Origin and Evolution of Toys for Tots

The Foundation was able to satisfy the six needs identified by the Marine Corps.  First, the Foundation could provide toys to supplement the collections of local units that had fewer Marines due to military cutbacks of the ‘80s and ‘90s.  Second, the Foundation could arrange and pay for the creation, publication, manufacture and distribution of promotion and support materials to Toys for Tots Coordinators.  Third, the Foundation could enable individual and corporate donors to Toys for Tots to take a charitable deduction on their income tax returns.  Fourth, the Foundation could enter into contracts with corporations to conduct promotions, which would produce royalties for Toys for Tots.  (Needs three and four were two important elements of this charitable endeavor that the Marine Corps, as a federal agency, could not fulfill).  Fifth, the Foundation could ensure that the Toys for Tots program operates in compliance with IRS regulations, state laws and regulations and charitable standards.  Finally, the Foundation took responsibility for the day to day operations of the Marine Toys for Tots Program, thus relieving the Reserve Headquarters Staff of that responsibility and allowing them to focus on training, organizing, and equipping the reserve force.

In 1995, the Secretary of Defense approved Toys for Tots as an official activity of the U. S. Marine Corps and an official mission of the Marine Corps Reserve.

In 1996, the Commander, Marine Forces Reserve expanded Toys for Tots to cover all 50 states by authorizing selected Marine Corps League Detachments and selected local community organizations (generally veteran Marine), located in communities without a Marine Reserve Center, to conduct toy collection and distribution campaigns in their communities as part of the U. S. Marine Corps Reserve Toys for Tots Program.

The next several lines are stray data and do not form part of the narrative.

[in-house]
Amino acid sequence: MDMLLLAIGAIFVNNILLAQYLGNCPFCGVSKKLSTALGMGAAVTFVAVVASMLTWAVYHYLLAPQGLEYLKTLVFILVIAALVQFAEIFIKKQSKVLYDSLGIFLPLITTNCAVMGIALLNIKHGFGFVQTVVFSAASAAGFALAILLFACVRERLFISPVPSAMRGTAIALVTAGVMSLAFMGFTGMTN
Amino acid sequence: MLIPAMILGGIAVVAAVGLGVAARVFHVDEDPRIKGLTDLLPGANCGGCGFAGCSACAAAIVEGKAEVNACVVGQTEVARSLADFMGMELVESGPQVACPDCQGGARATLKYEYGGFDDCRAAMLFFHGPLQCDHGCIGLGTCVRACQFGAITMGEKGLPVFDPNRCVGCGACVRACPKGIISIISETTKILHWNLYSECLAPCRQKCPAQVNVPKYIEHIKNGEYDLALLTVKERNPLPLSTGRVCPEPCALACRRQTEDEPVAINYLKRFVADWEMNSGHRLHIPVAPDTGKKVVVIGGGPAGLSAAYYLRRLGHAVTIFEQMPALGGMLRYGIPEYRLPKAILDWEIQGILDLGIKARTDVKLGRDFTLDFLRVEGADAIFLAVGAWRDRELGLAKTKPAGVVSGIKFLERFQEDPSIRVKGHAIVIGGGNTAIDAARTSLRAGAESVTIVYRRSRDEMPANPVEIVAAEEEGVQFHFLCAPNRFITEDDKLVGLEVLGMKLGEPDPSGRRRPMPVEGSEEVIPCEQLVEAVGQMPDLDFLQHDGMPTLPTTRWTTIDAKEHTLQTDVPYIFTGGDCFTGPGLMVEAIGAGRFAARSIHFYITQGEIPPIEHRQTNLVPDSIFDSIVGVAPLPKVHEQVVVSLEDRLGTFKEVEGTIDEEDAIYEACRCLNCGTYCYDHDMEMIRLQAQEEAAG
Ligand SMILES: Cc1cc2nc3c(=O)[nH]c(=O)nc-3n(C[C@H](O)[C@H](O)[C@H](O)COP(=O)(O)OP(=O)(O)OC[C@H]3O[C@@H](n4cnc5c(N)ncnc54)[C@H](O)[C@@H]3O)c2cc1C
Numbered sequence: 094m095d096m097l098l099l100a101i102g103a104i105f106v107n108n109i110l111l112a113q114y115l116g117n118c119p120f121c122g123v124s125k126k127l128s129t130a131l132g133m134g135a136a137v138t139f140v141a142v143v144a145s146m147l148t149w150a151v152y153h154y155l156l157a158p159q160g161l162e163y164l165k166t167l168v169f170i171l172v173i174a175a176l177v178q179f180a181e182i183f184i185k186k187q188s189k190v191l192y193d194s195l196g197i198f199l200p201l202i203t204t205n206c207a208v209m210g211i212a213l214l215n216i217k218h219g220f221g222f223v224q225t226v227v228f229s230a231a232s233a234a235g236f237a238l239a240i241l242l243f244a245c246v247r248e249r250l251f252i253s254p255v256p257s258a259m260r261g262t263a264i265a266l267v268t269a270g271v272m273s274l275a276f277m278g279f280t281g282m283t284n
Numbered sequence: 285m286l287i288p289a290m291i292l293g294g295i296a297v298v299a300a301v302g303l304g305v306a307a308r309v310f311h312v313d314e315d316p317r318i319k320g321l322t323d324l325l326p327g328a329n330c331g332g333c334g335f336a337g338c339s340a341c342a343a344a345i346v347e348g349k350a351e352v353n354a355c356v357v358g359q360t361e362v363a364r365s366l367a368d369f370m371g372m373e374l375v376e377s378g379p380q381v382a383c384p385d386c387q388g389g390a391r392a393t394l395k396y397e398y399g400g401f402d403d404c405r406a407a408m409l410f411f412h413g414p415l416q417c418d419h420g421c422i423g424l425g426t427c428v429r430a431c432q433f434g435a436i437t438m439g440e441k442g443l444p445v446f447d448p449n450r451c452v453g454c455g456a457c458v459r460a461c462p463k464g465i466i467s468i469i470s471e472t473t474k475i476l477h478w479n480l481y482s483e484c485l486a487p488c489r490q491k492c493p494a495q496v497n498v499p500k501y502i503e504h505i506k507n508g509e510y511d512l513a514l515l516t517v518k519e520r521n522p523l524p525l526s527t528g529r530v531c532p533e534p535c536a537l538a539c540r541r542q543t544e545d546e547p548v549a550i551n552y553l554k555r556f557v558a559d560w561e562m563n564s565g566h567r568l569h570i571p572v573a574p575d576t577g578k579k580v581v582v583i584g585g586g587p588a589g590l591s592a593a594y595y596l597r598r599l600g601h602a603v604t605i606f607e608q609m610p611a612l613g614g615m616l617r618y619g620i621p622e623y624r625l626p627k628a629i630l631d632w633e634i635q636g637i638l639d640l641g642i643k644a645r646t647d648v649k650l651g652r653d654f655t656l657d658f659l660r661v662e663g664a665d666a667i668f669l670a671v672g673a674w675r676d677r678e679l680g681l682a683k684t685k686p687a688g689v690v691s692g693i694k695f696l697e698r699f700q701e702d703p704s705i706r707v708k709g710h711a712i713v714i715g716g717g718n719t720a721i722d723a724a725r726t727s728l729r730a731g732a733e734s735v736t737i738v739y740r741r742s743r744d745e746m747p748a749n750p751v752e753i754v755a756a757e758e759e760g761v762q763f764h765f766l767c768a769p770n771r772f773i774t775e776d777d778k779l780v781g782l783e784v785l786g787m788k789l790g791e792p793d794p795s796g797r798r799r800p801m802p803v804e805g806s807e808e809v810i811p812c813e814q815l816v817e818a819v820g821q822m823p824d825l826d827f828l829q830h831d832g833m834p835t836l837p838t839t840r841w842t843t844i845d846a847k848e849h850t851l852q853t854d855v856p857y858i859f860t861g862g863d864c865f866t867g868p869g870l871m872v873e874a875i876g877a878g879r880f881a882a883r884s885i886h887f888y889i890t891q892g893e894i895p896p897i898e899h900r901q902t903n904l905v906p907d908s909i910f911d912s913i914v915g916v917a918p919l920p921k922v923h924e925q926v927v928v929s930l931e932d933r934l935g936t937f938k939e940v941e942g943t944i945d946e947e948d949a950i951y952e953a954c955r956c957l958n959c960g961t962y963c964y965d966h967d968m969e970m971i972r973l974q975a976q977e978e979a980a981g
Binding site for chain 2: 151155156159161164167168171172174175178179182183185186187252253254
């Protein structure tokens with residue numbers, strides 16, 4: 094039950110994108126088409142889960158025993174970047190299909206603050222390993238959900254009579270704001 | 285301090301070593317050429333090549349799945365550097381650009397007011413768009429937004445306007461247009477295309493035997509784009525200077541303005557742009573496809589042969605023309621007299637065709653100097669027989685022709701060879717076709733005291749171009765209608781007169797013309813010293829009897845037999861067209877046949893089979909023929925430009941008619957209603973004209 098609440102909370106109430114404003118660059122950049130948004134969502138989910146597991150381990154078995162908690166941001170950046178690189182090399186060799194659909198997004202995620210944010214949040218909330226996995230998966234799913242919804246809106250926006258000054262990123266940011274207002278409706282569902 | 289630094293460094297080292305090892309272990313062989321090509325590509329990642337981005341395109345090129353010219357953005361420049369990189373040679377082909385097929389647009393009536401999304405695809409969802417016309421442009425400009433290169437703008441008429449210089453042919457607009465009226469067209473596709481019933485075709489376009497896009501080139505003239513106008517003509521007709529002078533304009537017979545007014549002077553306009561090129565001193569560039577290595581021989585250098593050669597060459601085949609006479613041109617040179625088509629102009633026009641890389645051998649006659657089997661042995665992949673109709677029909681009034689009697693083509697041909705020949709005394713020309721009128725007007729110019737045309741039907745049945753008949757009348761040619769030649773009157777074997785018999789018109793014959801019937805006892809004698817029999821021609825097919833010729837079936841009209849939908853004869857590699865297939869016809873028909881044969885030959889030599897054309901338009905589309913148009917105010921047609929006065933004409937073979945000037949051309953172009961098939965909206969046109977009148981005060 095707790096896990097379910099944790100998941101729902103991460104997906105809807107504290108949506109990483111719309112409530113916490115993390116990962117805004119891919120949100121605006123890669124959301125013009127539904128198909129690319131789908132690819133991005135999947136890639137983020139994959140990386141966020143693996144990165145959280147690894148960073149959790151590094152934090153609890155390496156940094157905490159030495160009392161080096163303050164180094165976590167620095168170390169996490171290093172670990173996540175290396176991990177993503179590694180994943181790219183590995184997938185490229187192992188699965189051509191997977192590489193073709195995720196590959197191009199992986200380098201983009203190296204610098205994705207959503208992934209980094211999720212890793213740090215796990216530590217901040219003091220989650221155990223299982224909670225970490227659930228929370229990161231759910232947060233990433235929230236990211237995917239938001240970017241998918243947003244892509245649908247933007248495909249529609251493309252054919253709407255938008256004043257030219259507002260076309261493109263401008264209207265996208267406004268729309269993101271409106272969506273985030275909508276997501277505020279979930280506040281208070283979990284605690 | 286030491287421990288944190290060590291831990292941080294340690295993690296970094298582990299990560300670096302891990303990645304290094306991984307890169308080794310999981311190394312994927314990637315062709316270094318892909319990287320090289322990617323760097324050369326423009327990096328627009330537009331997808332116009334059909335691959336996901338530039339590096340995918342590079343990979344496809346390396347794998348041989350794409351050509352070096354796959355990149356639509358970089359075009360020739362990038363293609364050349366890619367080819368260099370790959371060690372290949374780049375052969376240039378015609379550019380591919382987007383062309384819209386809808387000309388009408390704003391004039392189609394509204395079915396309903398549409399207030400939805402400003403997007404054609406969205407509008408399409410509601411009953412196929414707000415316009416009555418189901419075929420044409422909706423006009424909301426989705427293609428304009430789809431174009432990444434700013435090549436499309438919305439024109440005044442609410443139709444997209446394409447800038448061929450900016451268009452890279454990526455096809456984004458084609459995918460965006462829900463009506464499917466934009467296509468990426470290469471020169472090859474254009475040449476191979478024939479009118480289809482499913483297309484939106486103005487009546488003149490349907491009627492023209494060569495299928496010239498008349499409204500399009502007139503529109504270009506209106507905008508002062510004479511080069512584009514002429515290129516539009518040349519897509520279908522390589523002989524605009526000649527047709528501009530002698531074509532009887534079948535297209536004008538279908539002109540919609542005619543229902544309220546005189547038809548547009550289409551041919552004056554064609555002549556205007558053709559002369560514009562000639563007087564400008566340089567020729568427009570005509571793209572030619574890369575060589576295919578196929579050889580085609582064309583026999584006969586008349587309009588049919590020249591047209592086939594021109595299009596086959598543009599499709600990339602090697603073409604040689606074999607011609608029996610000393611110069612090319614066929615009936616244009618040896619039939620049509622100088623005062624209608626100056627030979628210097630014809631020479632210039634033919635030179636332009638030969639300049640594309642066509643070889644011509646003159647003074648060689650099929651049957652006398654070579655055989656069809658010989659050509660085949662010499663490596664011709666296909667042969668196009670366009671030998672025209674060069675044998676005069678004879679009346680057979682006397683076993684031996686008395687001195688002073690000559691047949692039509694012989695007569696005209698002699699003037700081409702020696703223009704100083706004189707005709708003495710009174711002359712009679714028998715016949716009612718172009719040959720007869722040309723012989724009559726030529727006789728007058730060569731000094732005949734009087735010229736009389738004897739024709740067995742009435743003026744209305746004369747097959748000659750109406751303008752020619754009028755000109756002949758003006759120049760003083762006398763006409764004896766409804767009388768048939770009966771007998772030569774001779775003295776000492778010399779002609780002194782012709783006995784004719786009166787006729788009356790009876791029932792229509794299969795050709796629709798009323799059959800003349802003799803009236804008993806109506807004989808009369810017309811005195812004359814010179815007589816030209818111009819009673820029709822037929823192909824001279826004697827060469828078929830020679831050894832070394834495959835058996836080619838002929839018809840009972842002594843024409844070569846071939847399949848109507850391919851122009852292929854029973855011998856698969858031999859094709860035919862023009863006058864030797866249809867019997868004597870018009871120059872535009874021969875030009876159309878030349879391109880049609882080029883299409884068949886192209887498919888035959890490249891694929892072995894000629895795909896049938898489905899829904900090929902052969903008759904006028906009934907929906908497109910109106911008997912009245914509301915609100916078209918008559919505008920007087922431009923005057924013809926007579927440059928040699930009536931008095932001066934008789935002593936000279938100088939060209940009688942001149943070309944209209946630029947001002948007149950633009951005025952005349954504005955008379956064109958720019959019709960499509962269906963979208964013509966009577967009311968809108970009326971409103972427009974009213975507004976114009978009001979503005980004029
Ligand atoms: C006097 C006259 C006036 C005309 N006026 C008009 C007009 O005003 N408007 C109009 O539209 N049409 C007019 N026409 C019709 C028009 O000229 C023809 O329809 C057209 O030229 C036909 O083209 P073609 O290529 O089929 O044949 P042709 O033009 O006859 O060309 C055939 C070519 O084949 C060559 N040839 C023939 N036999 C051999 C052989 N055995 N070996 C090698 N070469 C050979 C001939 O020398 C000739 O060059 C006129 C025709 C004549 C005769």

In 1999, the Commander, Marine Forces Reserve delegated authority to the President, Marine Toys for Tots Foundation to approve and manage local Toys for Tots campaigns conducted in communities without a Reserve Unit.

2001: Despite the trauma the nation experienced as a result of the September 11th attacks in New York City, Washington, DC and Pennsylvania, the economic downturn and the anthrax scare, the 2001 U. S. Marine Corps Reserve Toys for Tots Campaign was the second best in the previous 54 year history of the program.  Local campaigns were conducted in 388 communities covering all 50 states, the District of Columbia and Puerto Rico.  This was the most extensive coverage to date.

The Marine Toys for Tots Foundation celebrated its 10th anniversary as the fundraising and support organization for Toys for Tots in 2001.  The highlights of the year were that the Foundation had its most successful campaign to date plus was ranked #289 in the 2001 “ Philanthropy 400”.  This was the first time the Foundation earned a ranking in the “Philanthropy 400”.

In 2002, Charity Navigator awarded the Foundation a 4-star rating and the Chronicle of Philanthropy ranked the Foundation #267 in the “Philanthropy 400”.

In 2003, the DMA Nonprofit Federation named the Foundation the “Outstanding Nonprofit Organization of the Year” for 2003.  The Chronicle of Philanthropy ranked the Foundation #341 in the “Philanthropy 400”.  Starburst ranked the Foundation website #9 of the “Top 100 Toy Websites”.  Reader’s Digest, in the November 2003 edition, named Marine Toys for Tots Foundation “America’s Best Children’s Charity”.  In December 2003 edition, Forbes included Marine Toys for Tots Foundation in its “Gold Star List” of charities.

In 2005, the Better Business Bureau Wise Giving Alliance reported that Marine Toys for Tots Foundation had met all 20 of its standards and had been designated as an accredited charity.

From 2006 to the present the Foundation has continued to receive, on an annual basis, the accolades noted above.

Over its life span, the Marine Toys for Tots Program distributed over 469 million toys to over 216 million less fortunate children.